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Marching Orders

Yes vote gives bigots their marching orders

As the Orange Order takes to the streets of Edinburgh in defence of the Union, Chris Bambery looks at the roots of anti-Catholic sectarianism

Imagine if the streets of Scotland’s capital were filled with Muslim men in uniform marching in military formation. The media and our political leaders would be apoplectic. Yet somehow it’s acceptable for Protestant supremacists to do this. Each summer Scotland suffers from brazen displays of naked sectarianism.

Let’s not fool ourselves. Orange marches are not a benign display of a Scottish Protestant identity, but rather an expression of anti-Catholic hatred, as has been the case since the Orange Order was formed in the North of Ireland at the close of the 18th century.

The Order was formed by Protestant landlords and farmers, many holding land expropriated from the native Irish a century and a half before. They were concerned with growing agitation among mainly – but not exclusively - Catholic peasants demanding land, and with the rise of the republican United Irishman, as inspired by the French Revolution. Based initially among Belfast Prebyterian radicals, the Order was one of the building blocks for the militias raised to suppress the 1798 United Irishman uprising.

The first Orange Lodge was formed in Scotland by Ayrshire militia men fresh from service there. As I stress in my A People’s History of Scotland, the development of sectarianism was linked to Scotland’s involvement in the colonisation of Ireland and the horrors wrought upon that country. The military connection was structurally mirrored by the close harmony which obtained between the development of Clydeside industries (reliant on British orders, capital and markets) and those of Belfast, the one industrial area in Ireland.

Of course sectarianism could draw on an older hatred of Catholicism dating from the Reformation and the religious persecution of hard line Calvinists in the 17th century, but what was central to its resurgence and the rise of the Orange Order in the 19th century was the anti-Irish racism which emerged as a rationalisation and justification of the colonisation of Ireland.

Industrialisation in Scotland in the late 18th and early 19th centuries brought Irish migrants, but numbers soared with the Great Famine of 1845-1851. Potato crops failed across Europe, but while the British government intervened in the Scottish Highlands, the Irish were left to starve.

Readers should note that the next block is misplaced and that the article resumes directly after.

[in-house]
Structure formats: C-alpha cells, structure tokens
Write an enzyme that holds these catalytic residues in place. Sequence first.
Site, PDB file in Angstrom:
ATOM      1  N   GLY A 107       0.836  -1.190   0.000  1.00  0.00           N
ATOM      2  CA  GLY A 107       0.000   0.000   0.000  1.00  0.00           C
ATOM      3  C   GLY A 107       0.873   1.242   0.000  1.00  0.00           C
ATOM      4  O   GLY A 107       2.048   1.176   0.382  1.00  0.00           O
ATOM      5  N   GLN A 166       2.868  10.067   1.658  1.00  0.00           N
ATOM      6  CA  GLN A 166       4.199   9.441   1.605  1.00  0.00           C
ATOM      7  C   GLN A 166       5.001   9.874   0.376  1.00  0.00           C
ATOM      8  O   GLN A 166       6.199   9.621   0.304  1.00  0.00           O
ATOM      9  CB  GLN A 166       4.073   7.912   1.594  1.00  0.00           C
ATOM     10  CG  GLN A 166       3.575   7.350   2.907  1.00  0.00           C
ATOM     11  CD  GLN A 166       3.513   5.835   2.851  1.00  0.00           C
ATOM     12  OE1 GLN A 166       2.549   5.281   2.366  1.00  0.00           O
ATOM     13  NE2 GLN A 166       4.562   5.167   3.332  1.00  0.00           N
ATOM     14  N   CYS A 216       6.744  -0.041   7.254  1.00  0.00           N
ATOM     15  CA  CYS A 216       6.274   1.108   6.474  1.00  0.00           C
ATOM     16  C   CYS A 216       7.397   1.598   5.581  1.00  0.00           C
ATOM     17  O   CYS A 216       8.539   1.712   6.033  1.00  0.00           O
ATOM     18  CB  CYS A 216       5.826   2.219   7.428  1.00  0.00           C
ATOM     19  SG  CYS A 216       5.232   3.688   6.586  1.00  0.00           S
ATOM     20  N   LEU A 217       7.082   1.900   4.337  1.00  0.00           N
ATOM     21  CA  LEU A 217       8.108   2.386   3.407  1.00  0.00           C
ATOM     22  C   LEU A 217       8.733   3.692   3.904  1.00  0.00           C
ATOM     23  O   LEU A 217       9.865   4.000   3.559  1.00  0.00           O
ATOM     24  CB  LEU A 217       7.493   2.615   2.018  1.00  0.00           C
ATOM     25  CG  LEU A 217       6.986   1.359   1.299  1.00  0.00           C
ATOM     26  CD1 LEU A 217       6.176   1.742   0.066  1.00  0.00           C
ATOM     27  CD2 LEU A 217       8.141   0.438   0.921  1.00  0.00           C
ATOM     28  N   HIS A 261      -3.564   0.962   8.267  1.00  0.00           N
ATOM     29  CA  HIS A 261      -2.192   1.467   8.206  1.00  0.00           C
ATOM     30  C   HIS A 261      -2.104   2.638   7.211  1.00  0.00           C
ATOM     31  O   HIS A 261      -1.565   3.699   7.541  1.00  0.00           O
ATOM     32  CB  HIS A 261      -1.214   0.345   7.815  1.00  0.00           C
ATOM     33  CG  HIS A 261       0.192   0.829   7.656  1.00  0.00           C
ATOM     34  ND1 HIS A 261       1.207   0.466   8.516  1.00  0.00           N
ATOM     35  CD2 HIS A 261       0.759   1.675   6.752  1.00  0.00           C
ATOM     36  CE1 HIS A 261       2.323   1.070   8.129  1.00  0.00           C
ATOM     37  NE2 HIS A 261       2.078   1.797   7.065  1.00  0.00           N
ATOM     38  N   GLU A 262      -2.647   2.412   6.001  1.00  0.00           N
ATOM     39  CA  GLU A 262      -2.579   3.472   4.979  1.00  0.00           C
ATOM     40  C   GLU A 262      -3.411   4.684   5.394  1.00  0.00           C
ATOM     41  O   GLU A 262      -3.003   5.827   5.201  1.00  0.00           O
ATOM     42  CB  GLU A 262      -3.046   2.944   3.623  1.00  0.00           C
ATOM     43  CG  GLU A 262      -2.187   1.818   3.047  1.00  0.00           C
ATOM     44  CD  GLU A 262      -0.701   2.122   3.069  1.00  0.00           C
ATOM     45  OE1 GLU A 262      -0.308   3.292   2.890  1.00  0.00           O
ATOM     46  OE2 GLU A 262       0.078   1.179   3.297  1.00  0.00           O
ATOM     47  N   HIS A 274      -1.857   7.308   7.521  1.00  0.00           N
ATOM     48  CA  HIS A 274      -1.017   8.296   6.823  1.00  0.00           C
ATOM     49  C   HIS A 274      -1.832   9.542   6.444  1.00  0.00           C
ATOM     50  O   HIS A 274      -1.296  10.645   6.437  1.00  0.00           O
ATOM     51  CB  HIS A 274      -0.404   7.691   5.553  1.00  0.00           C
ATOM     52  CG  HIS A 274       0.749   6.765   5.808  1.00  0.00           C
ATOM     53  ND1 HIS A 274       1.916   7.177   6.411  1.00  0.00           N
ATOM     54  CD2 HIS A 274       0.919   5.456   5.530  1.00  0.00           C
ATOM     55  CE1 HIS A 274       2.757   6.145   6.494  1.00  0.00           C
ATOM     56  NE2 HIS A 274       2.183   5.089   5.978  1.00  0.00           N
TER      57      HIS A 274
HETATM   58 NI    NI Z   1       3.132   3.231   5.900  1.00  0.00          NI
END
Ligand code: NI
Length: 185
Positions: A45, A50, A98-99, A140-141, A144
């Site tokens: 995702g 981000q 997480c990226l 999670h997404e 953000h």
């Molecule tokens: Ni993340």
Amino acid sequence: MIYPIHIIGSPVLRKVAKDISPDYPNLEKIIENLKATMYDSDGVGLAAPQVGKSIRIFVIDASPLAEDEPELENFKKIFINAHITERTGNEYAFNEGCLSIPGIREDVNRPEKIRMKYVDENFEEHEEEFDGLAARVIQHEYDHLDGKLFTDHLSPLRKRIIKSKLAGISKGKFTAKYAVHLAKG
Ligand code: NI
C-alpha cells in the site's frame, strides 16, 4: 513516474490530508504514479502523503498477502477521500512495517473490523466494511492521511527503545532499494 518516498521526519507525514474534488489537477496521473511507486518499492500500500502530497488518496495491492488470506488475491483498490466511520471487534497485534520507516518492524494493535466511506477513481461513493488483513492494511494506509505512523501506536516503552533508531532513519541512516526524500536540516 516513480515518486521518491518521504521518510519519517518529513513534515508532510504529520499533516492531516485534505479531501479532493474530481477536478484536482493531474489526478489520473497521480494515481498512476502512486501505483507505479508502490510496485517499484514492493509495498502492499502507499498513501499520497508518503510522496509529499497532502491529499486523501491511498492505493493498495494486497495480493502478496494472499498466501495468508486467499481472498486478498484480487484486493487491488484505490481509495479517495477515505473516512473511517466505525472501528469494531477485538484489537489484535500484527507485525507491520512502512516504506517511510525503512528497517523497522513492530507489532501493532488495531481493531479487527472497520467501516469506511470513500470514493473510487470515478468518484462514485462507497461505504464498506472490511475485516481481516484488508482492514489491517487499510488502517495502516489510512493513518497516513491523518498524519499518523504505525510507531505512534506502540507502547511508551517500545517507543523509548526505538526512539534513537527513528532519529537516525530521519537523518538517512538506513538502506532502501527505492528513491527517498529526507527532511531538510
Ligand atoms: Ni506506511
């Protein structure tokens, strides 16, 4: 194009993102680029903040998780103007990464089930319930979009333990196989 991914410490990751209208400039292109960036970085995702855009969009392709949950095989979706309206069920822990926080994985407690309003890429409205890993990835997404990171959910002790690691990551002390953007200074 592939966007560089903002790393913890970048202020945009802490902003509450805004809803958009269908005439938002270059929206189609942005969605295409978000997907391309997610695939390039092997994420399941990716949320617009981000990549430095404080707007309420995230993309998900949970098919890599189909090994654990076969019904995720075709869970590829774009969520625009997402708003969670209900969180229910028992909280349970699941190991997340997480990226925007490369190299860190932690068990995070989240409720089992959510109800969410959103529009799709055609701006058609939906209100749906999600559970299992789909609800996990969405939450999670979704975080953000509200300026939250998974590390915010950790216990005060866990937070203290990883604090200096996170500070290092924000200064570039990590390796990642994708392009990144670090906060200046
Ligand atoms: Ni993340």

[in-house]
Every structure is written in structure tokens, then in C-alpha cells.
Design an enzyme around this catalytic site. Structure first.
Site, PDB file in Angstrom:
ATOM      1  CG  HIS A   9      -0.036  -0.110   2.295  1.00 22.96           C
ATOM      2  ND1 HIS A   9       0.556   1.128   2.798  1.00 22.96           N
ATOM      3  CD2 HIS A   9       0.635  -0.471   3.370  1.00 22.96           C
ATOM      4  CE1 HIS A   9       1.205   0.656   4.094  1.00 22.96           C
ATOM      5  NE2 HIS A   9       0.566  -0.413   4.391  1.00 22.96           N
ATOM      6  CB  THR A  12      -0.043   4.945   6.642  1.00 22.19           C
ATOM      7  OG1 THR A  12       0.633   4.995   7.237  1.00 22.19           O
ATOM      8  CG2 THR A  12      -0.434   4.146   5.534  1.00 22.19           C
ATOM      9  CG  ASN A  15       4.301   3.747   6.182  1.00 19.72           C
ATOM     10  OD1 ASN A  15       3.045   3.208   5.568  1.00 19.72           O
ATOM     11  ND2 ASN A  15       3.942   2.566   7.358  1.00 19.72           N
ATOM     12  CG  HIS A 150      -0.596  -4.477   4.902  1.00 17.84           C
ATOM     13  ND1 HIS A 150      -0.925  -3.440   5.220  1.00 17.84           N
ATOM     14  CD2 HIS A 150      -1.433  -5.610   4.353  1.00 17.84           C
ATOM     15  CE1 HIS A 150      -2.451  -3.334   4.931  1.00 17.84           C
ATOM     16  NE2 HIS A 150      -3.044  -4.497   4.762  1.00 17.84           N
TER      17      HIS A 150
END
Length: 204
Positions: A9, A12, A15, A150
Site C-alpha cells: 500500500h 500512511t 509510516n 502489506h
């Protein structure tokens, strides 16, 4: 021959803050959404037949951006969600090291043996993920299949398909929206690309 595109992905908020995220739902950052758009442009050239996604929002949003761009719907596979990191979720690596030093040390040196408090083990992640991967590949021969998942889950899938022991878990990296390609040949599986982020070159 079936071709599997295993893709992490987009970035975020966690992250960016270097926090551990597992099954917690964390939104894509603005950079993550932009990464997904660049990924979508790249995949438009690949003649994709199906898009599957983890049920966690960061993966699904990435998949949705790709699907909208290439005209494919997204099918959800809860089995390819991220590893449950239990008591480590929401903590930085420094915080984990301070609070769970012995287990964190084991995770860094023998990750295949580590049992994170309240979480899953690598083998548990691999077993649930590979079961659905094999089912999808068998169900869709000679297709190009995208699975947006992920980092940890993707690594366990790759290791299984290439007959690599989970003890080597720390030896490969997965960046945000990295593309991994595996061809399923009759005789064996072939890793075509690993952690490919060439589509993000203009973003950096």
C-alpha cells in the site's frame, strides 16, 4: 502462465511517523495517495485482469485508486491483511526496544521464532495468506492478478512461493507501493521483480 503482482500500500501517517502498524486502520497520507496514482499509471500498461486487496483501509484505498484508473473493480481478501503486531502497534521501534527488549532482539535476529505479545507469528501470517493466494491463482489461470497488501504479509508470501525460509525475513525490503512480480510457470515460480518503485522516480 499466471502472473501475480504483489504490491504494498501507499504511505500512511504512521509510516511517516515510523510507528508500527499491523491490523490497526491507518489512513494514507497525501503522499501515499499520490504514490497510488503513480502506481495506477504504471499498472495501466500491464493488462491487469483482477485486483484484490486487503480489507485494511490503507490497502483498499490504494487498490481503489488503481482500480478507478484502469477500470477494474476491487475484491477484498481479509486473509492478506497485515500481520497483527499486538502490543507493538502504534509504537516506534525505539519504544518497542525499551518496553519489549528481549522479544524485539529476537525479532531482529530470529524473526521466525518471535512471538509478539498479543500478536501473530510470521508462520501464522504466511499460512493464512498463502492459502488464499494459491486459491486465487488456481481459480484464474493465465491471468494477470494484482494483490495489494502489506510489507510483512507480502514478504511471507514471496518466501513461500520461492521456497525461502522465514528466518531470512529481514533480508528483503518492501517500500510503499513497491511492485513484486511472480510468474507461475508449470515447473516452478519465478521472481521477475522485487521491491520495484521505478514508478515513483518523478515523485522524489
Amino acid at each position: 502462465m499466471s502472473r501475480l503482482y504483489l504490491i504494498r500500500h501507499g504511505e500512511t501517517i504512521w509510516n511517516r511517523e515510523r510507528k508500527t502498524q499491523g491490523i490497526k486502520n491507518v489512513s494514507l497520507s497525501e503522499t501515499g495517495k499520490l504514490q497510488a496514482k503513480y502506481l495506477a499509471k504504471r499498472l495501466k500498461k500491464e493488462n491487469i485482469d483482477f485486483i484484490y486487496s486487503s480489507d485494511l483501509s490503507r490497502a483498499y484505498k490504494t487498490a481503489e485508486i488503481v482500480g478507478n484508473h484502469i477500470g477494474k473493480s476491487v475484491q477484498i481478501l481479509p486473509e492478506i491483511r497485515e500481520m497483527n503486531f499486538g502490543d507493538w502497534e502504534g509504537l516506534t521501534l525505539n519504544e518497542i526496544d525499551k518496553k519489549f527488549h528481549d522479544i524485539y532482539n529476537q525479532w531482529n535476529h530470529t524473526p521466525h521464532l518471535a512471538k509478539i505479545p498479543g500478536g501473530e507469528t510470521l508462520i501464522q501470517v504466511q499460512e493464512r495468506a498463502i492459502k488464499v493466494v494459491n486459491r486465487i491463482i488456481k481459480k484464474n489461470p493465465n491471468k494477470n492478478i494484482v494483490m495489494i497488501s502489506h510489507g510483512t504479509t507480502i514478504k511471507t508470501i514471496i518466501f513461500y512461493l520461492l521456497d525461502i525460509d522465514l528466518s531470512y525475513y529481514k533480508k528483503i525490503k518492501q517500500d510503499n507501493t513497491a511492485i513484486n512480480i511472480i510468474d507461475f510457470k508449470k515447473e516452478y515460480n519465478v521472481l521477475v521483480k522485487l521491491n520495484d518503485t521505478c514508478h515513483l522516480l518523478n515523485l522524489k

Employers in the steel works and coal mines did use Irish migrants to reduce wages and even scab, but competition for jobs and homes among the unskilled created conditions in which the Orange Order could grow. Divide and rule was seized on by employers in Lanarkshire and Ayrshire.

But the big transformation in the Lodge’s fortunes came with the Home Rule crises of 1886 and 1893. Twice a Liberal government dependent on Irish nationalist MPs for its majority tried to push through devolution. Twice it failed because pro-imperialist Liberal MPs and peers saw it as threatening the Empire and voted with the Tories. On the second occassion they split to form today’s Conservative and Unionist Party, which entered into a long running relationship with the Orange Order.

Sectarianism is usually associated with the West of Scotland and certainly not genteel Edinburgh, but the worst sectarian incident took place there in 1935 with a virtual pogram after the Catholic church held a religious festival there. The city’s Protestant Action had a greater electoral presence than its western counter-parts. In contrast Dundee and Aberdeen have been relatively free of sectarianism.

Interestingly, when the biggest Home Rule crisis broke in 1912-1914 as the Belfast Unionists, backed by the Tories, threatened civil war against a Liberal government reliant once more on Irish nationalist votes, the Unionists contrasted the size of their rallies in Liverpool with those in Glasgow. One reason may be the rise of the left and the unions on Clydeside.

Discrimination was a reality across much of Scotland until shockingly recently. The Scottish “identity” was for much of our modern history based on Calvinism (and militarism) with Catholics excluded from the nation. The scars of sectarianism are sadly all too visible.

There are some who are quick to point to anti-Irish elements in the early SNP and to the history of sectarianism as reasons to oppose independence. They ignore Tory involvement with the Orange Order which was far more significant.

The Scotland in which I grew up, where swings were chained up on the eve of the Sabbath and Rangers was effectively the national team, has all but gone. The vitality of Scottish culture and the intensity of the independence debate point to a new Scotland where sectarianism is viewed as a disease.

It points to a Scotland which could create a new friendship with Ireland based on respect and a recognition of what we inflicted on them. Perhaps that why Ireland is cheering for Yes, aside from the Unionists for whom independence sounds the death knell.

A Scotland in which Edinburgh could honour its finest son, James Connolly, with a statue on Princes Street.

Chris Bambery

Chris Bambery

Chris Bambery is an author, political activist and commentator, and a supporter of Rise, the radical left wing coalition in Scotland. His books include A People's History of Scotland and The Second World War: A Marxist Analysis.

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